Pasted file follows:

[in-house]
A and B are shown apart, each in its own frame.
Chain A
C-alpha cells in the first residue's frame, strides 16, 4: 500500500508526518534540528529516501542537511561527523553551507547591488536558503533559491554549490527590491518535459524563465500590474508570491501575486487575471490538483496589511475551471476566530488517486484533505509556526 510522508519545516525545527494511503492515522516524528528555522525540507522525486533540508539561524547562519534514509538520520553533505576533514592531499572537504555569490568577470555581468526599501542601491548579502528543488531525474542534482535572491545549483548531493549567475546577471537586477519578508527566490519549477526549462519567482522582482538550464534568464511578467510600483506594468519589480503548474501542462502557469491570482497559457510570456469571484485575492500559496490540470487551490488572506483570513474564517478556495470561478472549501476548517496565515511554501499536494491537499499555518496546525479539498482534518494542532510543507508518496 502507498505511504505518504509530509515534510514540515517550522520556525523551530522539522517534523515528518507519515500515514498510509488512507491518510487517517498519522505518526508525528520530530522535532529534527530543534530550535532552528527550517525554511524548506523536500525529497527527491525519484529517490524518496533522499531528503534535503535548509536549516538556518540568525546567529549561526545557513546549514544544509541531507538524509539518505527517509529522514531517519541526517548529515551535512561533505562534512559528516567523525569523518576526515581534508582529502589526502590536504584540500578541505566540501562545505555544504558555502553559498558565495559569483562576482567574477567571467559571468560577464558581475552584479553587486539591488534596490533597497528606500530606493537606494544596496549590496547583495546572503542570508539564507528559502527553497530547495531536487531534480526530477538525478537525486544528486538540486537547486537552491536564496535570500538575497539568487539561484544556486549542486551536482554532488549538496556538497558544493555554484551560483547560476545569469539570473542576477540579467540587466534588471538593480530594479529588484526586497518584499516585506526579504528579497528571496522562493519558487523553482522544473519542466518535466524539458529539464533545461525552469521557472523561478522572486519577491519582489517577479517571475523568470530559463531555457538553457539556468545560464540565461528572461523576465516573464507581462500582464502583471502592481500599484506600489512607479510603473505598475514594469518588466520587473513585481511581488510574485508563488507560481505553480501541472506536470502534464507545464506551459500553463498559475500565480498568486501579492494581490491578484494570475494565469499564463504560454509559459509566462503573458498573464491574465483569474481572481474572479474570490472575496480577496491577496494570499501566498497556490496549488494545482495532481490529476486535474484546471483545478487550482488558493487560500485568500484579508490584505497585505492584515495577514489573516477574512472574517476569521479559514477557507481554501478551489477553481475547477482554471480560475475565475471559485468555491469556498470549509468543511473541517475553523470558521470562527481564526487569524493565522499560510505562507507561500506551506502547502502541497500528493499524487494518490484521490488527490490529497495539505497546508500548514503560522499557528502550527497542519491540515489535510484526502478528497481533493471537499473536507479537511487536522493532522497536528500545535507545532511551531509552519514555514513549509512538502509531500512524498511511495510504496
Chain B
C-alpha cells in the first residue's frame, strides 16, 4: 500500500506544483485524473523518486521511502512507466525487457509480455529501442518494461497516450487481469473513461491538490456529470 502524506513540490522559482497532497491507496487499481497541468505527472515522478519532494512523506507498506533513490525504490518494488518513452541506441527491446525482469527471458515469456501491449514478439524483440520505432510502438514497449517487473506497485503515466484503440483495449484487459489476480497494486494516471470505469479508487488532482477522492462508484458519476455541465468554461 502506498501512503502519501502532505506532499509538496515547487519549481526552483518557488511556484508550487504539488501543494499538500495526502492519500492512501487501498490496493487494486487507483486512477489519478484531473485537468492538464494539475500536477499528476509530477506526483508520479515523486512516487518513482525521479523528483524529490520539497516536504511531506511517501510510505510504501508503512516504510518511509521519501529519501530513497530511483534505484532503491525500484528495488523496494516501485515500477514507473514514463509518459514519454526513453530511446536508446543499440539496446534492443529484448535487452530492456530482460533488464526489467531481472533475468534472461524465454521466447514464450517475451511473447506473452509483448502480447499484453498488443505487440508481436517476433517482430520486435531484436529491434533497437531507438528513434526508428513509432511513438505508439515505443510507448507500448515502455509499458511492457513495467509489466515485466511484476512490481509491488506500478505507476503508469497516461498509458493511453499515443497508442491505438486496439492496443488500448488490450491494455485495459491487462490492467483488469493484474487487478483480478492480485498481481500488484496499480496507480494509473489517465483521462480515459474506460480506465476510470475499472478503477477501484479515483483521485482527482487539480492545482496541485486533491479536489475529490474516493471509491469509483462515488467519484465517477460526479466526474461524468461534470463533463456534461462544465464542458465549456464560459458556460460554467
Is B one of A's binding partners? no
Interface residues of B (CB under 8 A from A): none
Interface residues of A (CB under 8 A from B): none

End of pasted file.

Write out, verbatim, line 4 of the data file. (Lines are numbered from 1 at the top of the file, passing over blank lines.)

C-alpha cells in the first residue's frame, strides 16, 4: 500500500508526518534540528529516501542537511561527523553551507547591488536558503533559491554549490527590491518535459524563465500590474508570491501575486487575471490538483496589511475551471476566530488517486484533505509556526 510522508519545516525545527494511503492515522516524528528555522525540507522525486533540508539561524547562519534514509538520520553533505576533514592531499572537504555569490568577470555581468526599501542601491548579502528543488531525474542534482535572491545549483548531493549567475546577471537586477519578508527566490519549477526549462519567482522582482538550464534568464511578467510600483506594468519589480503548474501542462502557469491570482497559457510570456469571484485575492500559496490540470487551490488572506483570513474564517478556495470561478472549501476548517496565515511554501499536494491537499499555518496546525479539498482534518494542532510543507508518496 502507498505511504505518504509530509515534510514540515517550522520556525523551530522539522517534523515528518507519515500515514498510509488512507491518510487517517498519522505518526508525528520530530522535532529534527530543534530550535532552528527550517525554511524548506523536500525529497527527491525519484529517490524518496533522499531528503534535503535548509536549516538556518540568525546567529549561526545557513546549514544544509541531507538524509539518505527517509529522514531517519541526517548529515551535512561533505562534512559528516567523525569523518576526515581534508582529502589526502590536504584540500578541505566540501562545505555544504558555502553559498558565495559569483562576482567574477567571467559571468560577464558581475552584479553587486539591488534596490533597497528606500530606493537606494544596496549590496547583495546572503542570508539564507528559502527553497530547495531536487531534480526530477538525478537525486544528486538540486537547486537552491536564496535570500538575497539568487539561484544556486549542486551536482554532488549538496556538497558544493555554484551560483547560476545569469539570473542576477540579467540587466534588471538593480530594479529588484526586497518584499516585506526579504528579497528571496522562493519558487523553482522544473519542466518535466524539458529539464533545461525552469521557472523561478522572486519577491519582489517577479517571475523568470530559463531555457538553457539556468545560464540565461528572461523576465516573464507581462500582464502583471502592481500599484506600489512607479510603473505598475514594469518588466520587473513585481511581488510574485508563488507560481505553480501541472506536470502534464507545464506551459500553463498559475500565480498568486501579492494581490491578484494570475494565469499564463504560454509559459509566462503573458498573464491574465483569474481572481474572479474570490472575496480577496491577496494570499501566498497556490496549488494545482495532481490529476486535474484546471483545478487550482488558493487560500485568500484579508490584505497585505492584515495577514489573516477574512472574517476569521479559514477557507481554501478551489477553481475547477482554471480560475475565475471559485468555491469556498470549509468543511473541517475553523470558521470562527481564526487569524493565522499560510505562507507561500506551506502547502502541497500528493499524487494518490484521490488527490490529497495539505497546508500548514503560522499557528502550527497542519491540515489535510484526502478528497481533493471537499473536507479537511487536522493532522497536528500545535507545532511551531509552519514555514513549509512538502509531500512524498511511495510504496